Article Text

Interrater reproducibility of clinical tests for rotator cuff lesions
  1. A J K Ostor,
  2. C A Richards,
  3. A T Prevost,
  4. B L Hazleman,
  5. C A Speed
  1. Rheumatology Research Unit, Addenbrooke’s Hospital, Cambridge, UK
  1. Correspondence to:
    Dr A J K Ostor
    Rheumatology Research Unit, Box 194, Hills Road, Cambridge CB2 2QQ, UK;


Background: Rotator cuff lesions are common in the community but reproducibility of tests for shoulder assessment has not been adequately appraised and there is no uniform approach to their use.

Objective: To study interrater reproducibility of standard tests for shoulder evaluation among a rheumatology specialist, rheumatology trainee, and research nurse.

Methods: 136 patients were reviewed over 12 months at a major teaching hospital. The three assessors examined each patient in random order and were unaware of each other’s evaluation. Each shoulder was examined in a standard manner by recognised tests for specific lesions and a diagnostic algorithm was used. Between-observer agreement was determined by calculating Cohen’s κ coefficients (measuring agreement beyond that expected by chance).

Results: Fair to substantial agreement was obtained for the observations of tenderness, painful arc, and external rotation. Tests for supraspinatus and subscapularis also showed at least fair agreement between observers. 40/55 (73%) κ coefficient assessments were rated at >0.2, indicating at least fair concordance between observers; 21/55 (38%) were rated at >0.4, indicating at least moderate concordance between observers.

Conclusion: The reproducibility of certain tests, employed by observers of varying experience, in the assessment of the rotator cuff and general shoulder disease was determined. This has implications for delegation of shoulder assessment to nurse specialists, the development of a simplified evaluation schedule for general practitioners, and uniformity in epidemiological research studies.

  • shoulders
  • epidemiology
  • rotator cuff lesions
  • reproducibility

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Shoulder disorders are common and cause significant morbidity and disability.1–,3 The annual incidence (episodes for which general practitioners are consulted) of shoulder pain has been estimated to be >1% in adults over the age of 45 years,4 and the prevalence in population studies lies between 7 and 21%.5,6 Lesions of the rotator cuff account for most episodes of shoulder pain (up to 70%).6 Lack of consensus about appropriate diagnostic criteria for shoulder disorders, however, plagues research in this area. In a review by Buchbinder et al, none of the classification systems for soft tissue disorders of the neck and upper limb appeared acceptable.7 This lack of consensus accounts, to a large degree, for the paucity of evidence based management approaches in the treatment of rotator cuff lesions.8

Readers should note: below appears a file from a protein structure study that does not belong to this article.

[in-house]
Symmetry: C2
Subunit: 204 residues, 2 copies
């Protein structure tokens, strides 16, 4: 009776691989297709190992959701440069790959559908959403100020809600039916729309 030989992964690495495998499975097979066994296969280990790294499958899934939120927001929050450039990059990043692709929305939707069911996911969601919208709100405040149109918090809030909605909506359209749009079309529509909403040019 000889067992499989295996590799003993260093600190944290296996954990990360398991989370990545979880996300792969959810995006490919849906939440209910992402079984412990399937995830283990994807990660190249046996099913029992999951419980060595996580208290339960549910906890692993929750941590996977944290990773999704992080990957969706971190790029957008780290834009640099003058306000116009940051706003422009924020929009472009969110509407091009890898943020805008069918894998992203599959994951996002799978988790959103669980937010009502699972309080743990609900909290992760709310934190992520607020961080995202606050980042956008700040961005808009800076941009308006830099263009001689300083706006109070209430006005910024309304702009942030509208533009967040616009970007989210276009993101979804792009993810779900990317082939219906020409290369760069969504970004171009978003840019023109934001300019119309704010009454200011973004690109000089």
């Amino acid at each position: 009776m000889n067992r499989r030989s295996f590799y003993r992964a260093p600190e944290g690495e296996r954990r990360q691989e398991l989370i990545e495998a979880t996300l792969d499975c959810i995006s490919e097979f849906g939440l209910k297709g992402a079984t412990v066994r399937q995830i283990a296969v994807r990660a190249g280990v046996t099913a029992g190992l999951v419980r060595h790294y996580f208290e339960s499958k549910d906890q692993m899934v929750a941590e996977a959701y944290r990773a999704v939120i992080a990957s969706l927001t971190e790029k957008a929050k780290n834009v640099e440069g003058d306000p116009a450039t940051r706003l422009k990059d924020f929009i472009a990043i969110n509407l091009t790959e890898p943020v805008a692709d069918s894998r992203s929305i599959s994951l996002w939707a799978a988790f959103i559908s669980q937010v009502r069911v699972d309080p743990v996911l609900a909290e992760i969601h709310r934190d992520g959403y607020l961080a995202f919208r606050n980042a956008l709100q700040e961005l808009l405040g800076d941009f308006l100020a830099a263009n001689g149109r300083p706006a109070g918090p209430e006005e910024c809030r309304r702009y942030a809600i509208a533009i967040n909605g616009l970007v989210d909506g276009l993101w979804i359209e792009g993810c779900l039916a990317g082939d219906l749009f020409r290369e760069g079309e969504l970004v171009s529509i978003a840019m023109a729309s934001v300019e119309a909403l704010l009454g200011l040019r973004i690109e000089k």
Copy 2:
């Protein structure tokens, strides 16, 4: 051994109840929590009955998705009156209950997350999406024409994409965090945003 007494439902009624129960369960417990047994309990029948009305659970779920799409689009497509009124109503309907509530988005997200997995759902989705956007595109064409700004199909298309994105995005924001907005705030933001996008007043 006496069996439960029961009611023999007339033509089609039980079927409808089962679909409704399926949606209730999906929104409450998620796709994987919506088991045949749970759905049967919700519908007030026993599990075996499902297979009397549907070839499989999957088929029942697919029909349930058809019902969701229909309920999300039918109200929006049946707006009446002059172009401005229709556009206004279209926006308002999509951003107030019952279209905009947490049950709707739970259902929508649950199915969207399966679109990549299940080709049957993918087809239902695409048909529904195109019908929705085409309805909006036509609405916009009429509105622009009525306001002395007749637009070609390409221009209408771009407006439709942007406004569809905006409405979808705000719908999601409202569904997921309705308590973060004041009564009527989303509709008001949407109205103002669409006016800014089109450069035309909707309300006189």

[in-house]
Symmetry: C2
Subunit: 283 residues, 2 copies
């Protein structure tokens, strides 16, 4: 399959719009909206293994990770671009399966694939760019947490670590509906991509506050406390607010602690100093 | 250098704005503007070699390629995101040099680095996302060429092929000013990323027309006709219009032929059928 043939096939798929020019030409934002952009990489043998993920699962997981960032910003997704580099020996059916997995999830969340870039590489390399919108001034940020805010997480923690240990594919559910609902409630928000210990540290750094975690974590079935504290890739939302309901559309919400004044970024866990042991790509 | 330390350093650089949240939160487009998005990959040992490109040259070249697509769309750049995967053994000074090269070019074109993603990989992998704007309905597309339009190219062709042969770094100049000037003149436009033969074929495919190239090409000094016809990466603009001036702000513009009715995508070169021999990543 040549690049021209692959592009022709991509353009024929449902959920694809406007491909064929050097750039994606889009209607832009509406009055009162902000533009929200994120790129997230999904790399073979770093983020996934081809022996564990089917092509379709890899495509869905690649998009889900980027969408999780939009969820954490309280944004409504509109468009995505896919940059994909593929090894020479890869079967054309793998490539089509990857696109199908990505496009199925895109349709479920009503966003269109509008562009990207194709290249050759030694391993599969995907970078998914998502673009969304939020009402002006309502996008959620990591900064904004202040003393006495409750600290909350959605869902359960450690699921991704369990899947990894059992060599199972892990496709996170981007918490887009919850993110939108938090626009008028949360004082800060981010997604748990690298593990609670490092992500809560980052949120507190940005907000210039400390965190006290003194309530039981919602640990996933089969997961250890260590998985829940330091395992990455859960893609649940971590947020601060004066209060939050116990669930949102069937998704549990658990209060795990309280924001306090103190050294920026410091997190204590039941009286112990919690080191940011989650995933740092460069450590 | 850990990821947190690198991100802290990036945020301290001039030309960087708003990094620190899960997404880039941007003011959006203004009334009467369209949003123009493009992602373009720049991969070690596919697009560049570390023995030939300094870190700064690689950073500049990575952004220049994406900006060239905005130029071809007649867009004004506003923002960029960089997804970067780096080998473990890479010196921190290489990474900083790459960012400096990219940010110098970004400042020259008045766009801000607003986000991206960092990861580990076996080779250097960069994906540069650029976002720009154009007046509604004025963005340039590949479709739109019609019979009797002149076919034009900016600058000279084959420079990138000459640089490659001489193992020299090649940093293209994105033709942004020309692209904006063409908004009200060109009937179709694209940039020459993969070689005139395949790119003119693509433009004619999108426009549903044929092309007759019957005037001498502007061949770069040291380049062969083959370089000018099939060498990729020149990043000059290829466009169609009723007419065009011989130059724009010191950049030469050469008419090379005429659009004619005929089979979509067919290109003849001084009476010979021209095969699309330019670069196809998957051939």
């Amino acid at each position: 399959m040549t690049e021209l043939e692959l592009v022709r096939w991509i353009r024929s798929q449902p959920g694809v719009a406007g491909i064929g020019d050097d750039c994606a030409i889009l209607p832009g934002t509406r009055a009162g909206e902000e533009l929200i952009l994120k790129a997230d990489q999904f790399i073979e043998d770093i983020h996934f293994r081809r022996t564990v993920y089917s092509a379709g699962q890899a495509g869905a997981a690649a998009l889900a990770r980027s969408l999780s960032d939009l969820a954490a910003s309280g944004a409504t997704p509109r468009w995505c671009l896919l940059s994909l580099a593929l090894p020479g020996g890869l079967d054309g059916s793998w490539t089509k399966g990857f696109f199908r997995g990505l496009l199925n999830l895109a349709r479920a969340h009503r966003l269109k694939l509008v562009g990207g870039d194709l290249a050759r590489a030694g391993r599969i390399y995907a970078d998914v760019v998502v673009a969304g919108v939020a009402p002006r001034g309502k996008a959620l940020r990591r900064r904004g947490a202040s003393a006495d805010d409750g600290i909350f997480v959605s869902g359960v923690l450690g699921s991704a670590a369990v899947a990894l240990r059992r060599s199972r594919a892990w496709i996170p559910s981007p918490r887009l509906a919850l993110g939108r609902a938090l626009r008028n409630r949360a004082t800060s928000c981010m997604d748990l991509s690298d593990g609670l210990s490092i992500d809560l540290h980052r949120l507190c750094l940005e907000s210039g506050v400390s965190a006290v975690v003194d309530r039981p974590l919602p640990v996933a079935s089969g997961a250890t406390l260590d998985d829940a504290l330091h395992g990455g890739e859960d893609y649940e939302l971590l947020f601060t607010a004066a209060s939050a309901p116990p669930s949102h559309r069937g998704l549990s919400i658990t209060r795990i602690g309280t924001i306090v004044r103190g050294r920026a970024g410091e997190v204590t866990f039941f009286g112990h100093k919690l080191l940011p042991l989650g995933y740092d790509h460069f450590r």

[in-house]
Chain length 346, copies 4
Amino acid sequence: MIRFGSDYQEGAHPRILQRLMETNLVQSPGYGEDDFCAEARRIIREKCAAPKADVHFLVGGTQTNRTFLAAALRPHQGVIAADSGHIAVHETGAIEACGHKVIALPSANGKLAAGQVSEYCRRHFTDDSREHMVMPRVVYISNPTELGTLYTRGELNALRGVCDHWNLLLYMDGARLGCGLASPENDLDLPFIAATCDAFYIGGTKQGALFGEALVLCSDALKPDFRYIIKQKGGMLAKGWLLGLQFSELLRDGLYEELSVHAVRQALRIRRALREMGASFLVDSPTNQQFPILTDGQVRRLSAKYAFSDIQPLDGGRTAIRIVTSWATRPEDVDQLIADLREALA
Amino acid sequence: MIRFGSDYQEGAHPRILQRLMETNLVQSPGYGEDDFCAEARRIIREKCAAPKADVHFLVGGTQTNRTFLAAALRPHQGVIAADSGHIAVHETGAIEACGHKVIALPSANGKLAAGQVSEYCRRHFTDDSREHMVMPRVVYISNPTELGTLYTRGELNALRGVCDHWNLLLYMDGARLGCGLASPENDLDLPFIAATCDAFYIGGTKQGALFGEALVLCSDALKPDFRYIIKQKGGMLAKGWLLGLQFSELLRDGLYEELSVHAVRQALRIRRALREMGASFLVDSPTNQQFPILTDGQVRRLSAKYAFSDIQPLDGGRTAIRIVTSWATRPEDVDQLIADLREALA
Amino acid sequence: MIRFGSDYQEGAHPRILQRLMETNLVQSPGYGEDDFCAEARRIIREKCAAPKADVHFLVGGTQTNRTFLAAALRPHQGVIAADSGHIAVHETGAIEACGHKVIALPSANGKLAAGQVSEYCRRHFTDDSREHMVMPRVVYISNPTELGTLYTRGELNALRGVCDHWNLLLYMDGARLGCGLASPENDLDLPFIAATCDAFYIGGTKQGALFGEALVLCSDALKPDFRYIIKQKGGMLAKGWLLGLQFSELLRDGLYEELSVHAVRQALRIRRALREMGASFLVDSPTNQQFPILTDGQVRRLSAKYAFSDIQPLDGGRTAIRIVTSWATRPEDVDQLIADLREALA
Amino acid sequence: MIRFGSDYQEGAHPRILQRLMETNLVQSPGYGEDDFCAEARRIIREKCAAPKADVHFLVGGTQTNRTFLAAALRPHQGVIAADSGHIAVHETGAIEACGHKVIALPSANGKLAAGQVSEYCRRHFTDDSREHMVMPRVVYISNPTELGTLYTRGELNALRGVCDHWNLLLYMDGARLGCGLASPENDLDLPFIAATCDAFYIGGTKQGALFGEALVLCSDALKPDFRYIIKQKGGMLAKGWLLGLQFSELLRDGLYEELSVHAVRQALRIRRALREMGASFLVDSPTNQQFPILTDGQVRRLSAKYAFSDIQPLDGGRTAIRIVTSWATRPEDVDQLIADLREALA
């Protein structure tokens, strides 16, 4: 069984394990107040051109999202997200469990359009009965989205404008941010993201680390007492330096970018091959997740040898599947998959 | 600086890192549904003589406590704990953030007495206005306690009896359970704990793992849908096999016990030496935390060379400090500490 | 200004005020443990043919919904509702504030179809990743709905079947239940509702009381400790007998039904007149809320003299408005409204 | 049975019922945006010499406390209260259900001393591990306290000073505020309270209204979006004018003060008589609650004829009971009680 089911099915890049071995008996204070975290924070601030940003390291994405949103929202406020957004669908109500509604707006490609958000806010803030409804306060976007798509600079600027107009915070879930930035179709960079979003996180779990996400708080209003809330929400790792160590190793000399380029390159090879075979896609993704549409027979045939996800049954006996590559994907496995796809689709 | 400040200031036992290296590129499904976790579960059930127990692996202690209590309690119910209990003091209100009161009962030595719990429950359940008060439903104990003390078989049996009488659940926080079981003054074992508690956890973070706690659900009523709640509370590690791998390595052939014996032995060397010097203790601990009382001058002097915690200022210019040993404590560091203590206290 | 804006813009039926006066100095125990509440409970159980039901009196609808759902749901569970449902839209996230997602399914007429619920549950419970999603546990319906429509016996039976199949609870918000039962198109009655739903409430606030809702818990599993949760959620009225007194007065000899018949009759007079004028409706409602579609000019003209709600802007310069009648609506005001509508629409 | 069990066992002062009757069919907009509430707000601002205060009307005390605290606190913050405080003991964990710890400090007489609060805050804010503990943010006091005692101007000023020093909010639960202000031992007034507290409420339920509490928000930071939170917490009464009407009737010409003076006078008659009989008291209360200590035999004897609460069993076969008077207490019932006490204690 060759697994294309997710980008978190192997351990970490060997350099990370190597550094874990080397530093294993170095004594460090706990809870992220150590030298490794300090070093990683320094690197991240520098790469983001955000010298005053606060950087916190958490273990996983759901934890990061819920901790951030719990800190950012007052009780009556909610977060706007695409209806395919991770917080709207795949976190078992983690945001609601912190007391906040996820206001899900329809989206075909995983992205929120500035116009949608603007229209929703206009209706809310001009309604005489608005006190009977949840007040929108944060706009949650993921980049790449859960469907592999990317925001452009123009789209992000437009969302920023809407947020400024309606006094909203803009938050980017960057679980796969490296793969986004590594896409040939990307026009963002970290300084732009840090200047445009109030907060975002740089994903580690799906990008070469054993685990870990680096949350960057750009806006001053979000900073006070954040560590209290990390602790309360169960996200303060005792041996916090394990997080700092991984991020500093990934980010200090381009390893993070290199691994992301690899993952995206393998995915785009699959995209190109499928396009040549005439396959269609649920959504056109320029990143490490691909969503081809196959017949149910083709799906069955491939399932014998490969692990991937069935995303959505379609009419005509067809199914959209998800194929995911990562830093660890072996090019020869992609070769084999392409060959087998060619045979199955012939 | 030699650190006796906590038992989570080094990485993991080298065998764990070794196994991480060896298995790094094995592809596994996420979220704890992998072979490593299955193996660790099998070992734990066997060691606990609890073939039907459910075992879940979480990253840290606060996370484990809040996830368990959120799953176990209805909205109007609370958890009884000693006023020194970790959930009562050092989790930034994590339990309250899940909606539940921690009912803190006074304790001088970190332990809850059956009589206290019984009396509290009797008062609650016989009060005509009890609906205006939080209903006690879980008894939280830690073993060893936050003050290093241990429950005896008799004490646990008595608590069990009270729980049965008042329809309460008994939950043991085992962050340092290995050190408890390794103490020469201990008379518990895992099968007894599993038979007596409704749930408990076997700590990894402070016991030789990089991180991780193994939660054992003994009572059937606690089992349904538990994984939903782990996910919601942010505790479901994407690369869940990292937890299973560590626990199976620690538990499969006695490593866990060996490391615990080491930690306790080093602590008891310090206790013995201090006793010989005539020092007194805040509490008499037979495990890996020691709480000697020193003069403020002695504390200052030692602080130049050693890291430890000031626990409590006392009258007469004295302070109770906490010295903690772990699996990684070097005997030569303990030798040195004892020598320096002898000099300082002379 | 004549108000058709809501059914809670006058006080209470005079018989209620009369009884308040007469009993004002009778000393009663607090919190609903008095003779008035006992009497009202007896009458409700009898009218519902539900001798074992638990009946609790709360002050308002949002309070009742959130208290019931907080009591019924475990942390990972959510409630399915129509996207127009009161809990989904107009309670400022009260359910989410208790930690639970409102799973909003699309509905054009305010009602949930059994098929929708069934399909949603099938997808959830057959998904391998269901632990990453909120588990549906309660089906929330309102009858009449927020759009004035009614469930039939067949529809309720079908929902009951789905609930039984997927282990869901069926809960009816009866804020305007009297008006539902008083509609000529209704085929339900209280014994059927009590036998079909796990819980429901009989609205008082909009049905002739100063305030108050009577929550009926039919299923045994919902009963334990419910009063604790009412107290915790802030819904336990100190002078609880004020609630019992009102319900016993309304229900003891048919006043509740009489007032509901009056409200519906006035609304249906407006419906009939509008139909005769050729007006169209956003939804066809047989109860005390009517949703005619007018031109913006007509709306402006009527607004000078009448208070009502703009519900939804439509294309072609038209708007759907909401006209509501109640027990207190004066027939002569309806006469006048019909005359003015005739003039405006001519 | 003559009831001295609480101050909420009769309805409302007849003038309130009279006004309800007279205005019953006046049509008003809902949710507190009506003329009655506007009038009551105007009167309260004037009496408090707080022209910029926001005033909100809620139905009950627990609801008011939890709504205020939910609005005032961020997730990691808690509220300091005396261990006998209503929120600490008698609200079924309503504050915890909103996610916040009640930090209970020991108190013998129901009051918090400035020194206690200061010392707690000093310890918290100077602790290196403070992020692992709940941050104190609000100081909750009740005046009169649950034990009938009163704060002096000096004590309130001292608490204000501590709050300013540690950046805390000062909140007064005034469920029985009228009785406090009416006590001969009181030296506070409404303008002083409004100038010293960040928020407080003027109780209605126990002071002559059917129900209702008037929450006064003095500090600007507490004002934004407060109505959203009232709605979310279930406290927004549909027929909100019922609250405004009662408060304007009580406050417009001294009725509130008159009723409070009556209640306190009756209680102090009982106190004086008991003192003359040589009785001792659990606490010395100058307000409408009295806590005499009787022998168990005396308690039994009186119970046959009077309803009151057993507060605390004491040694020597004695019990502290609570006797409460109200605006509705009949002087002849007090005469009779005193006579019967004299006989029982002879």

The need to develop consensus criteria for upper limb disorders has been recognised by the UK Health and Safety Executive9 and has been a major step forward in the development of structured protocols for the evaluation of specific soft tissue disorders. The criteria benefit from consensus backing but have not yet been fully validated. The schedule includes some limited clinical tests of the shoulder. Palmer and colleagues have contributed to the schedule by evaluating the criteria further and by adding items to form the Southampton Examination Schedule for the diagnosis of musculoskeletal disorders of the upper limb.10 They found that the schedule was sufficiently reproducible for epidemiological research in the general population.11

Despite these steps there is no universally recognised method for evaluating upper limb disorders, with over 20 clinical tests recommended for assessing the rotator cuff alone.12 None of these tests have been adequately validated in a general population and their sensitivity and specificity are unknown. As a consequence, patients selected for rotator cuff trials are likely to be a heterogeneous group because inclusion is based on clinical criteria. Further difficulties encountered in shoulder studies are problems with case definition,13 variable experience of examiners,14 variations in method of assessment, interpretation of physical signs, and diversity of diagnostic categories used.15–,19 This has contributed to conflicting results in interobserver agreement studies, varying from excellent to poor correlation.20–,23